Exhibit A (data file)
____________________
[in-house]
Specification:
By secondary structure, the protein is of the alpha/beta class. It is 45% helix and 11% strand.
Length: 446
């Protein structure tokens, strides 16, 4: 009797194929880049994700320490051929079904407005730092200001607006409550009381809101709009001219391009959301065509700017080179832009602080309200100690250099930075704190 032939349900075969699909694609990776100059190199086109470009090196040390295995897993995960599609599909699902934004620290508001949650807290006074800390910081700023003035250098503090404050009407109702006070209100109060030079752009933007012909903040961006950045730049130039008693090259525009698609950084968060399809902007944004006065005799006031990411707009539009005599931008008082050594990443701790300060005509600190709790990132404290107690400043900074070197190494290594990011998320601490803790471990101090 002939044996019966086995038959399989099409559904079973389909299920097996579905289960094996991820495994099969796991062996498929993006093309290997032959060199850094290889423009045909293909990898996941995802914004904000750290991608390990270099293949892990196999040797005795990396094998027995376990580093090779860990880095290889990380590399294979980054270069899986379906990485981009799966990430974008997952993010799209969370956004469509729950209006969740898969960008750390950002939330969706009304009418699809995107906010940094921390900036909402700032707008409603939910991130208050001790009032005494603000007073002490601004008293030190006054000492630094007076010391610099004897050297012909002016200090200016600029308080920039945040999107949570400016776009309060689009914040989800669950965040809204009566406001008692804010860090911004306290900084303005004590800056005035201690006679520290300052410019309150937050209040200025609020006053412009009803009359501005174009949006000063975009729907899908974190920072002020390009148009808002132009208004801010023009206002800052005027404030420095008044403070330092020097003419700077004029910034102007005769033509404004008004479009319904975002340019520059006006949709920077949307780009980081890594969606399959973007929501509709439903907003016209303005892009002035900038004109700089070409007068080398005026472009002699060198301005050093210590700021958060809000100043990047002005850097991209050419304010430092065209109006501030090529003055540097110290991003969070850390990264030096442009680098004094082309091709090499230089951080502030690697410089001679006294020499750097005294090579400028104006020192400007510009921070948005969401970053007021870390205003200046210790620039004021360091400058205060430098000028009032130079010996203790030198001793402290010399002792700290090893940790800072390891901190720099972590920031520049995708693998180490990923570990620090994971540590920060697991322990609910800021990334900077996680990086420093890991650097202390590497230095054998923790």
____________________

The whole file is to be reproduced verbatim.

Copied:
[in-house]
Specification:
By secondary structure, the protein is of the alpha/beta class. It is 45% helix and 11% strand.
Length: 446
């Protein structure tokens, strides 16, 4: 009797194929880049994700320490051929079904407005730092200001607006409550009381809101709009001219391009959301065509700017080179832009602080309200100690250099930075704190 032939349900075969699909694609990776100059190199086109470009090196040390295995897993995960599609599909699902934004620290508001949650807290006074800390910081700023003035250098503090404050009407109702006070209100109060030079752009933007012909903040961006950045730049130039008693090259525009698609950084968060399809902007944004006065005799006031990411707009539009005599931008008082050594990443701790300060005509600190709790990132404290107690400043900074070197190494290594990011998320601490803790471990101090 002939044996019966086995038959399989099409559904079973389909299920097996579905289960094996991820495994099969796991062996498929993006093309290997032959060199850094290889423009045909293909990898996941995802914004904000750290991608390990270099293949892990196999040797005795990396094998027995376990580093090779860990880095290889990380590399294979980054270069899986379906990485981009799966990430974008997952993010799209969370956004469509729950209006969740898969960008750390950002939330969706009304009418699809995107906010940094921390900036909402700032707008409603939910991130208050001790009032005494603000007073002490601004008293030190006054000492630094007076010391610099004897050297012909002016200090200016600029308080920039945040999107949570400016776009309060689009914040989800669950965040809204009566406001008692804010860090911004306290900084303005004590800056005035201690006679520290300052410019309150937050209040200025609020006053412009009803009359501005174009949006000063975009729907899908974190920072002020390009148009808002132009208004801010023009206002800052005027404030420095008044403070330092020097003419700077004029910034102007005769033509404004008004479009319904975002340019520059006006949709920077949307780009980081890594969606399959973007929501509709439903907003016209303005892009002035900038004109700089070409007068080398005026472009002699060198301005050093210590700021958060809000100043990047002005850097991209050419304010430092065209109006501030090529003055540097110290991003969070850390990264030096442009680098004094082309091709090499230089951080502030690697410089001679006294020499750097005294090579400028104006020192400007510009921070948005969401970053007021870390205003200046210790620039004021360091400058205060430098000028009032130079010996203790030198001793402290010399002792700290090893940790800072390891901190720099972590920031520049995708693998180490990923570990620090994971540590920060697991322990609910800021990334900077996680990086420093890991650097202390590497230095054998923790």